Building Responsive Layouts presentation at Responsive Web Design Summit Today I spoke at the online conference Responsive Web Design Summit 2012 on Building Responsive Layouts. I talked about two of the core components of responsive web design: fluid/liquid layouts and media queries. Much of the talk was focused on fluid layout techniques and tips: how to build a basic two- or three-column all-fluid layout, how to create fluid grids with fixed-width margin and padding, how to create a hybrid fixed-fluid layout, and how to calculate nested width, margin, and padding values. I then walked through adding media queries onto the fictional Little Pea Bakery site from my book Stunning CSS3 to demonstrate how to make a layout responsive to a variety of screen sizes and devices. Finally, I covered how to fix media query issues in iOS and IE 8 and earlier. You can view the slides on SlideShare, or download the slides here: Building Responsive Layouts (PDF, 2.4 mb) Responsive web design link hubs Responsive web design articles, tutorials, and tools Mobile viewports
Responsive Images and Web Standards at the Turning Point The goal of a “responsive images” solution is to deliver images optimized for the end user’s context, rather than serving the largest potentially necessary image to everyone. Unfortunately, this hasn’t been quite so simple in practice as it is in theory. Issue № 351 Recently, all of the ongoing discussion around responsive images just got real: a solution is currently being discussed with the WHATWG. The markup pattern that gets selected stands to have a tremendous influence on how developers build websites in the future. What a long, strange, etc. Let’s go over the path that led us here one more time, with feeling: The earliest discussion of responsive images came about—predictably enough—framed in the context of responsive web design. It’s clear that developers’ best efforts to mitigate these wasteful requests were all doomed to fall short, and not for lack of talent or effort. I covered early efforts in my previous ALA article, so I’ll spare everyone the gruesome details here. 1. 2. Or:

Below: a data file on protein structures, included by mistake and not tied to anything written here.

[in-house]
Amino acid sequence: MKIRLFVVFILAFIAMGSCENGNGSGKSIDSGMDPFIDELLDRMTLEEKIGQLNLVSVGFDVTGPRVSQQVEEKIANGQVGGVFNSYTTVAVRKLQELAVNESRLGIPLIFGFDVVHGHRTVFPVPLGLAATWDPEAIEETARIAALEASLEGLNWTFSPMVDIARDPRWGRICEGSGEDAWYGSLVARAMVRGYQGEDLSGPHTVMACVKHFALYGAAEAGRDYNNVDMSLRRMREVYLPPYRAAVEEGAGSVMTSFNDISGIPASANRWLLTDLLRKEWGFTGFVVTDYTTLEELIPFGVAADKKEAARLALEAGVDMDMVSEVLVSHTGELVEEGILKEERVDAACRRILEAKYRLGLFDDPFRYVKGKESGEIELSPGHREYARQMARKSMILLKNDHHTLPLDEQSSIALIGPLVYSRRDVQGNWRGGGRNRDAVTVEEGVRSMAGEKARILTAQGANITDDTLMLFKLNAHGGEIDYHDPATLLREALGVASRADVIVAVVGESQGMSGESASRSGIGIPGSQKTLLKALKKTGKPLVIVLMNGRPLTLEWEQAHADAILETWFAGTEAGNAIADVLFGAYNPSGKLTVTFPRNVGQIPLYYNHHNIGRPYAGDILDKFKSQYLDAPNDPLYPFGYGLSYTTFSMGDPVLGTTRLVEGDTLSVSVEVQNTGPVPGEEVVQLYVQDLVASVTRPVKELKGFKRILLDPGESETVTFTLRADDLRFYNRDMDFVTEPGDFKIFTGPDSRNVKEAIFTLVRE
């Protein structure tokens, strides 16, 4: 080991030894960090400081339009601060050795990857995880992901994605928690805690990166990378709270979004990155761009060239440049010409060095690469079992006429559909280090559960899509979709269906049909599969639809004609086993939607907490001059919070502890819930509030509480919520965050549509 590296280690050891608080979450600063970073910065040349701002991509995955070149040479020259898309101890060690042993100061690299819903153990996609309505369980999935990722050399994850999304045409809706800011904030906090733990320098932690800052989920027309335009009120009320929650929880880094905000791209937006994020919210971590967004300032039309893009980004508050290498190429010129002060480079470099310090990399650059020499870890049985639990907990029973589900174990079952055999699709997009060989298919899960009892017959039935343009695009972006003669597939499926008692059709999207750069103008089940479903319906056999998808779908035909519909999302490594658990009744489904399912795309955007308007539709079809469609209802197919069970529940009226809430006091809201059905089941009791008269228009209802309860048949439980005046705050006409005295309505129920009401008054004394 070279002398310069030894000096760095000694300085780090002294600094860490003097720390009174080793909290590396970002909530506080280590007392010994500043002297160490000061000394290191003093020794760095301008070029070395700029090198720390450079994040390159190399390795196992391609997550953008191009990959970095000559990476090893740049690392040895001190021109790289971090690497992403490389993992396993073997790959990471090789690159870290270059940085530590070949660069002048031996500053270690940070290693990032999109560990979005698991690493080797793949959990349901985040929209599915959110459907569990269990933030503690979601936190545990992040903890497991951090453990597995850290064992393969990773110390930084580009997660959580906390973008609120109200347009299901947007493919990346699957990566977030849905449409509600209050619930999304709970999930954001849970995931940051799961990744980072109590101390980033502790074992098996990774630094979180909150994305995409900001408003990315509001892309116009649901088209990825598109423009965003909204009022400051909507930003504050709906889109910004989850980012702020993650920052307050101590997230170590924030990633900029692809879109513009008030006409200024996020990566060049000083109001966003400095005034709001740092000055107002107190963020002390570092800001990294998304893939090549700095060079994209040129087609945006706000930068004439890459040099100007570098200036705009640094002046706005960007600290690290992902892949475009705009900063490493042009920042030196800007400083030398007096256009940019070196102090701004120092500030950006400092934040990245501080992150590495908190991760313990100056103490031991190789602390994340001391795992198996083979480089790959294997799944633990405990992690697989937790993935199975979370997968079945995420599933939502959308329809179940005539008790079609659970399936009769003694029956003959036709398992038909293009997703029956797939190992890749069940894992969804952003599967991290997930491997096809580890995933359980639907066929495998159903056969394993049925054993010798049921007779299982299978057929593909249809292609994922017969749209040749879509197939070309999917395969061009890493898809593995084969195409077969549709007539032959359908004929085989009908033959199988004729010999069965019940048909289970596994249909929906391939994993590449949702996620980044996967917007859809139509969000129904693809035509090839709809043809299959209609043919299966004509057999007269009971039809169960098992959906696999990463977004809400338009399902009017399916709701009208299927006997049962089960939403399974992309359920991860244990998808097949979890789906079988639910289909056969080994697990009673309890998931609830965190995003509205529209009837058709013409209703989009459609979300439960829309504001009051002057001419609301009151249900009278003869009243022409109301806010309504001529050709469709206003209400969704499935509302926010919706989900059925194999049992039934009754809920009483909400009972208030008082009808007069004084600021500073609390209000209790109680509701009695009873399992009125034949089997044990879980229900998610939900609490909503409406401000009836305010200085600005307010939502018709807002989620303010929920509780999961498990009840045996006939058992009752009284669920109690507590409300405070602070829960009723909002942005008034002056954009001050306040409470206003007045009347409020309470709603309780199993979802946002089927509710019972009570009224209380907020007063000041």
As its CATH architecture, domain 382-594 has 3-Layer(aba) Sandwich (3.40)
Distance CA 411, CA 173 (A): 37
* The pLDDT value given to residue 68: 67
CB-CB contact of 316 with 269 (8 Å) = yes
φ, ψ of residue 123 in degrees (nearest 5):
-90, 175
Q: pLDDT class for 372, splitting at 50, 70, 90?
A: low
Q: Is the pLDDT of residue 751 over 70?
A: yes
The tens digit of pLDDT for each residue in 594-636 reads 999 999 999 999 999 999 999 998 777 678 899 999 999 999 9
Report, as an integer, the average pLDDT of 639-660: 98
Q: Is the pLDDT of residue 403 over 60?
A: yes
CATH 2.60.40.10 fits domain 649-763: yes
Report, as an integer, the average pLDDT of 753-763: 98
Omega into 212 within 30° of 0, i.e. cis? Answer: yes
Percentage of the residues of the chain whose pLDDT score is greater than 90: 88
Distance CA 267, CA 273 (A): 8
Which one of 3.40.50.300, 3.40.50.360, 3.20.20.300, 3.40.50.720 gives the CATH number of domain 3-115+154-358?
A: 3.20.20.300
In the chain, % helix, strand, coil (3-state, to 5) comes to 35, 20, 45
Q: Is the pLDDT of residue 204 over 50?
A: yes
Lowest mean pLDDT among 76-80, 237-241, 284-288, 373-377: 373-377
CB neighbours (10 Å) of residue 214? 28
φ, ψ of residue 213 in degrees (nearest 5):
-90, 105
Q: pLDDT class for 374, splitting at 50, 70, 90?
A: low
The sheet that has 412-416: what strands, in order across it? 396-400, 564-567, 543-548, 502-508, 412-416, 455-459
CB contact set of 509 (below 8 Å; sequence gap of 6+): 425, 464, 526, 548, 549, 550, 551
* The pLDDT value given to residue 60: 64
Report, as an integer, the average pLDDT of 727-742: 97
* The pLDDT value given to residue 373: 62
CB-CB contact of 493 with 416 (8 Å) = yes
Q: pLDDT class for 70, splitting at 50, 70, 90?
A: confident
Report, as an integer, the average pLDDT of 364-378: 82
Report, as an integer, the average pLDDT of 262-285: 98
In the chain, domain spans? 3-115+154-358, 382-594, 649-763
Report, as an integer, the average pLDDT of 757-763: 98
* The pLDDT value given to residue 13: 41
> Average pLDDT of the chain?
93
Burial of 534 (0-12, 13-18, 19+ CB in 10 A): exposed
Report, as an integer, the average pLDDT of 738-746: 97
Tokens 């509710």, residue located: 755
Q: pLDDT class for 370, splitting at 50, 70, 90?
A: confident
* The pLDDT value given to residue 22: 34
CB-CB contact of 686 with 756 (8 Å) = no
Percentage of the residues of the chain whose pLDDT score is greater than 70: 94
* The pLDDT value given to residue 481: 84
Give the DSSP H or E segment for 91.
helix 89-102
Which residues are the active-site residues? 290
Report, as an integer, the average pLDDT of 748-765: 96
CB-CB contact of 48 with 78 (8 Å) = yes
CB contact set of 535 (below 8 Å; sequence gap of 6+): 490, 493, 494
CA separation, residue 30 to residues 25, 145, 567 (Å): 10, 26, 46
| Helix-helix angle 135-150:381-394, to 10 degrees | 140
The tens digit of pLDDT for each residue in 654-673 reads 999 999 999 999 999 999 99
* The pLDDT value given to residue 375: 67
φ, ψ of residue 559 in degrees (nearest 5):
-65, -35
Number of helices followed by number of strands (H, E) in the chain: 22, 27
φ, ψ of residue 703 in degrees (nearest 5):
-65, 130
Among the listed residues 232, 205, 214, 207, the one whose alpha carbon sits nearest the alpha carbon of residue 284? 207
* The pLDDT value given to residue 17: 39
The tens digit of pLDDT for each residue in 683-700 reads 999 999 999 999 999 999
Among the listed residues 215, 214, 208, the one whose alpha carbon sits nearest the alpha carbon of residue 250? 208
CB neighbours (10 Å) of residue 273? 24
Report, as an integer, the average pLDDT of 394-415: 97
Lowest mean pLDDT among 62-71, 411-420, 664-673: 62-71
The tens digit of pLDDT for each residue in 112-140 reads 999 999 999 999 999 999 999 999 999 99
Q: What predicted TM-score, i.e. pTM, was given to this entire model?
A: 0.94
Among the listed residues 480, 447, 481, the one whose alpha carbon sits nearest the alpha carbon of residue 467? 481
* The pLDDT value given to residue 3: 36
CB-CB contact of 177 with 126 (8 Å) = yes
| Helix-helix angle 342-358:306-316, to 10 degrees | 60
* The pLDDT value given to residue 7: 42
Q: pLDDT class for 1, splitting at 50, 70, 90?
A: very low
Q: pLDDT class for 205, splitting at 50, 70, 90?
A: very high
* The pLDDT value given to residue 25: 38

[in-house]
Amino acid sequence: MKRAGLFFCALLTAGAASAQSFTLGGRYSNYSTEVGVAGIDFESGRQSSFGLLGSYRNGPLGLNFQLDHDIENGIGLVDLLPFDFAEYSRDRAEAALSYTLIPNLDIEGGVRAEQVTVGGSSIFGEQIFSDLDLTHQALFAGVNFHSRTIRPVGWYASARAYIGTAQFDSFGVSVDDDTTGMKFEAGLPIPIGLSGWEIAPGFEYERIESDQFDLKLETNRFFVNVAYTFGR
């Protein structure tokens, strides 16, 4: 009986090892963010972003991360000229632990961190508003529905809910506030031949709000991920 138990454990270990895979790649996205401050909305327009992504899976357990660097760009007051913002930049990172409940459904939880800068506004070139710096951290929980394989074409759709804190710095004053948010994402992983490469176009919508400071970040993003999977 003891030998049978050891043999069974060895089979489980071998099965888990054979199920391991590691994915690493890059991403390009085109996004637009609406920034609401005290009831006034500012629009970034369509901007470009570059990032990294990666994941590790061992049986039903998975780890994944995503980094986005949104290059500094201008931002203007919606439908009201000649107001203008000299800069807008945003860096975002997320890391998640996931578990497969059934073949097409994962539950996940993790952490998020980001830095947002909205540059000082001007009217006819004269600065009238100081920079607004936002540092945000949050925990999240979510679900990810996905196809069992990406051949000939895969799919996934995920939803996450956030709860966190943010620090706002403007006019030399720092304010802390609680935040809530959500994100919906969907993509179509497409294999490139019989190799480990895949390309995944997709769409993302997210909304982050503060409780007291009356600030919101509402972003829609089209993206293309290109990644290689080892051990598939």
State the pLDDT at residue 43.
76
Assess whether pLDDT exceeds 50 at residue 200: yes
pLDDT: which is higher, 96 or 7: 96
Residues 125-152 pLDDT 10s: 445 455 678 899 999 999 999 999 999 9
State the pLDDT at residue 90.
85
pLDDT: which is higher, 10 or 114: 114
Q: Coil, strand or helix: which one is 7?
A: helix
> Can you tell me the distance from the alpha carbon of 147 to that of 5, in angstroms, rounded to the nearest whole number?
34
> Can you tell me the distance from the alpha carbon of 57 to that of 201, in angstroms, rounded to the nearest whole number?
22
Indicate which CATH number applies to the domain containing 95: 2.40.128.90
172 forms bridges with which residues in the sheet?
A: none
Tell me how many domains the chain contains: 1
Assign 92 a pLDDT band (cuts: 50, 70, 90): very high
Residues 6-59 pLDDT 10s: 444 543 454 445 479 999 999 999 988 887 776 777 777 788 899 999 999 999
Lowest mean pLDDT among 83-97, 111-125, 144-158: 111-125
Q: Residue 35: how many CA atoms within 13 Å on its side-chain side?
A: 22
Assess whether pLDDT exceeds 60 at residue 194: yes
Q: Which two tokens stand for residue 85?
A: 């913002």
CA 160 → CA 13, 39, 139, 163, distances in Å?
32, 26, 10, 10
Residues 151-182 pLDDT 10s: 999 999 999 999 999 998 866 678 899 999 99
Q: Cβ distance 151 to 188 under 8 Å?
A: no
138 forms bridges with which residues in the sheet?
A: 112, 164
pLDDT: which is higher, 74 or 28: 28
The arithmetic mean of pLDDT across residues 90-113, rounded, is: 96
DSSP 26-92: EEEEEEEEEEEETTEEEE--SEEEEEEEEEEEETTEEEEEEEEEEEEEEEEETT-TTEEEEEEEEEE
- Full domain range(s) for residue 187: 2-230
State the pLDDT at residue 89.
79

Complex Navigation Patterns for Responsive Design The most frequently asked question I get since posting my responsive navigation patterns article is: How do I handle complex navigation for responsive designs?” Great question, but before we get down to brass tacks, I urge you: use mobile as an excuse to revisit your navigation. Look at your analytics. Another thing: if you have a zillion sections and pages, prioritize search. OK, now that all that’s out of the way, time for some real talk. Sometimes you just have a complex navigation. The Multi-Toggle Barack Obama's Multi-Toggle Navigation from his redesigned campaign site The multi-toggle is basically just nested accordions. Quick tip: use one of two emerging icons: the plus sign (+) or downward caret (▼ ▼) to let users know there’s more content. Pros Scannable – users can quickly scan parent categories before making a decision to go to the next level.Scalable – Got a menu that’s 17 levels deep? Cons Resources In the Wild The Ol’ Right-to-Left Sony's small screen navigation Priority+
Building a Responsive, Future-Friendly Web for Everyone This week’s Consumer Electronics Show in Las Vegas has seen the arrival of dozens of new devices from tablets to televisions. Some of these newfangled gadgets will soon be in the hands of consumers who will use them to access your website. Will your site work? Or will it end up mangled by a subpar web browser, odd screen size or slow network connection? No one wants to rewrite their website every time a new device or browser hits the web. Even if you aren’t a gadget lover, CES should help drive home the fundamental truth of today’s web — devices, they are a comin’. Basics: Further Reading: Future Friendly — An overview of how some of the smartest people in web design are thinking about the ever-broadening reach of the web: “We can’t be all things on all devices. Techniques: